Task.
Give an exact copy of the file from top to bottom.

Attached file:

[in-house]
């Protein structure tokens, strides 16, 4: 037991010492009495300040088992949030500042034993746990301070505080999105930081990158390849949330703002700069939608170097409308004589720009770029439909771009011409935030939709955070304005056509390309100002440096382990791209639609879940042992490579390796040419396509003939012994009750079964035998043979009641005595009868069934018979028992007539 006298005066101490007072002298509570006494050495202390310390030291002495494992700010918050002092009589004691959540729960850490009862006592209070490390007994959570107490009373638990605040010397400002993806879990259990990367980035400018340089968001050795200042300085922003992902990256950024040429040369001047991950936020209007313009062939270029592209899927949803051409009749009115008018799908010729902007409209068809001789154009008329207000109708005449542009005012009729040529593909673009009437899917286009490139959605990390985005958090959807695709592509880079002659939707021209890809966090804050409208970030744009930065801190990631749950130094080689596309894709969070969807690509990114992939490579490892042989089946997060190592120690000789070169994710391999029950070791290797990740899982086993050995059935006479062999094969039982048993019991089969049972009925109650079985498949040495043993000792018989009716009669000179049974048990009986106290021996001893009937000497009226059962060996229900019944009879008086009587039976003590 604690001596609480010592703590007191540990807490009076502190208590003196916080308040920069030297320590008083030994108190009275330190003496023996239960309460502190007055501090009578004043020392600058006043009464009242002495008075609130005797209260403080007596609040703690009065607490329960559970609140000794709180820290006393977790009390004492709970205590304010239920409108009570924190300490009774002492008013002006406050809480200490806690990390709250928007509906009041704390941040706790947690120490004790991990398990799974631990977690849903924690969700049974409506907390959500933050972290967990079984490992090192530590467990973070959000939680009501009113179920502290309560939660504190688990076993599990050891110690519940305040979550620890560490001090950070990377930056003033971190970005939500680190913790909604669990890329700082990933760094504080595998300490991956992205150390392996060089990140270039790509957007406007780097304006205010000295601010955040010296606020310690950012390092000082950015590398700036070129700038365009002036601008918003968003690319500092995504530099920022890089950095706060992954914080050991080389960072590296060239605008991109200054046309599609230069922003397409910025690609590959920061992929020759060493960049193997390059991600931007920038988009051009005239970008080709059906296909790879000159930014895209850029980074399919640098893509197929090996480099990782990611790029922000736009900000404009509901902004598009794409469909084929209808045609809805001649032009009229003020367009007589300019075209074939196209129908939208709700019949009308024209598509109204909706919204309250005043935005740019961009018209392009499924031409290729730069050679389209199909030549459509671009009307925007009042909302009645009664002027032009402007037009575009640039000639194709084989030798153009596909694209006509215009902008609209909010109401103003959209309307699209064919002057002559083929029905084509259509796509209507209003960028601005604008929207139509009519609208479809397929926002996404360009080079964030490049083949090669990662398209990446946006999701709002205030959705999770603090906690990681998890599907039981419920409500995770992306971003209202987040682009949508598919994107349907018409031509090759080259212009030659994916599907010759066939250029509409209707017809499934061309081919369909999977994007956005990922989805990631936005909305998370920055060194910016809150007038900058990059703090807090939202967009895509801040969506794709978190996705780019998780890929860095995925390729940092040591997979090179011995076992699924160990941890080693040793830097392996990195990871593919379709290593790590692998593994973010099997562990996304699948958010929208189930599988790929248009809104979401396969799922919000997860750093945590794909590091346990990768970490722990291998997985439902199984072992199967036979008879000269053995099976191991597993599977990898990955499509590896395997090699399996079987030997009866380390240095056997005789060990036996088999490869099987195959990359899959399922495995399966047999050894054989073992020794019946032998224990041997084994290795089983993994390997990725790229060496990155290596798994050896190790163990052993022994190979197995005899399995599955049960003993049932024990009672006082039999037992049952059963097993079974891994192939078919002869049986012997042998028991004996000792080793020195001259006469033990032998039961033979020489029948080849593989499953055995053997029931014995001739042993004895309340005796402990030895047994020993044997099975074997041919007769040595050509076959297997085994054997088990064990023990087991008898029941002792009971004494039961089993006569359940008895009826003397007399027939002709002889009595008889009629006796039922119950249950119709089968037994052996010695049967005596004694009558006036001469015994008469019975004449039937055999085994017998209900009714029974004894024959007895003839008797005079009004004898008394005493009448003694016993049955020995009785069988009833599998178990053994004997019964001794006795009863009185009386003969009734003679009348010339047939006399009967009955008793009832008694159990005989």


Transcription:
[in-house]
């Protein structure tokens, strides 16, 4: 037991010492009495300040088992949030500042034993746990301070505080999105930081990158390849949330703002700069939608170097409308004589720009770029439909771009011409935030939709955070304005056509390309100002440096382990791209639609879940042992490579390796040419396509003939012994009750079964035998043979009641005595009868069934018979028992007539 006298005066101490007072002298509570006494050495202390310390030291002495494992700010918050002092009589004691959540729960850490009862006592209070490390007994959570107490009373638990605040010397400002993806879990259990990367980035400018340089968001050795200042300085922003992902990256950024040429040369001047991950936020209007313009062939270029592209899927949803051409009749009115008018799908010729902007409209068809001789154009008329207000109708005449542009005012009729040529593909673009009437899917286009490139959605990390985005958090959807695709592509880079002659939707021209890809966090804050409208970030744009930065801190990631749950130094080689596309894709969070969807690509990114992939490579490892042989089946997060190592120690000789070169994710391999029950070791290797990740899982086993050995059935006479062999094969039982048993019991089969049972009925109650079985498949040495043993000792018989009716009669000179049974048990009986106290021996001893009937000497009226059962060996229900019944009879008086009587039976003590 604690001596609480010592703590007191540990807490009076502190208590003196916080308040920069030297320590008083030994108190009275330190003496023996239960309460502190007055501090009578004043020392600058006043009464009242002495008075609130005797209260403080007596609040703690009065607490329960559970609140000794709180820290006393977790009390004492709970205590304010239920409108009570924190300490009774002492008013002006406050809480200490806690990390709250928007509906009041704390941040706790947690120490004790991990398990799974631990977690849903924690969700049974409506907390959500933050972290967990079984490992090192530590467990973070959000939680009501009113179920502290309560939660504190688990076993599990050891110690519940305040979550620890560490001090950070990377930056003033971190970005939500680190913790909604669990890329700082990933760094504080595998300490991956992205150390392996060089990140270039790509957007406007780097304006205010000295601010955040010296606020310690950012390092000082950015590398700036070129700038365009002036601008918003968003690319500092995504530099920022890089950095706060992954914080050991080389960072590296060239605008991109200054046309599609230069922003397409910025690609590959920061992929020759060493960049193997390059991600931007920038988009051009005239970008080709059906296909790879000159930014895209850029980074399919640098893509197929090996480099990782990611790029922000736009900000404009509901902004598009794409469909084929209808045609809805001649032009009229003020367009007589300019075209074939196209129908939208709700019949009308024209598509109204909706919204309250005043935005740019961009018209392009499924031409290729730069050679389209199909030549459509671009009307925007009042909302009645009664002027032009402007037009575009640039000639194709084989030798153009596909694209006509215009902008609209909010109401103003959209309307699209064919002057002559083929029905084509259509796509209507209003960028601005604008929207139509009519609208479809397929926002996404360009080079964030490049083949090669990662398209990446946006999701709002205030959705999770603090906690990681998890599907039981419920409500995770992306971003209202987040682009949508598919994107349907018409031509090759080259212009030659994916599907010759066939250029509409209707017809499934061309081919369909999977994007956005990922989805990631936005909305998370920055060194910016809150007038900058990059703090807090939202967009895509801040969506794709978190996705780019998780890929860095995925390729940092040591997979090179011995076992699924160990941890080693040793830097392996990195990871593919379709290593790590692998593994973010099997562990996304699948958010929208189930599988790929248009809104979401396969799922919000997860750093945590794909590091346990990768970490722990291998997985439902199984072992199967036979008879000269053995099976191991597993599977990898990955499509590896395997090699399996079987030997009866380390240095056997005789060990036996088999490869099987195959990359899959399922495995399966047999050894054989073992020794019946032998224990041997084994290795089983993994390997990725790229060496990155290596798994050896190790163990052993022994190979197995005899399995599955049960003993049932024990009672006082039999037992049952059963097993079974891994192939078919002869049986012997042998028991004996000792080793020195001259006469033990032998039961033979020489029948080849593989499953055995053997029931014995001739042993004895309340005796402990030895047994020993044997099975074997041919007769040595050509076959297997085994054997088990064990023990087991008898029941002792009971004494039961089993006569359940008895009826003397007399027939002709002889009595008889009629006796039922119950249950119709089968037994052996010695049967005596004694009558006036001469015994008469019975004449039937055999085994017998209900009714029974004894024959007895003839008797005079009004004898008394005493009448003694016993049955020995009785069988009833599998178990053994004997019964001794006795009863009185009386003969009734003679009348010339047939006399009967009955008793009832008694159990005989």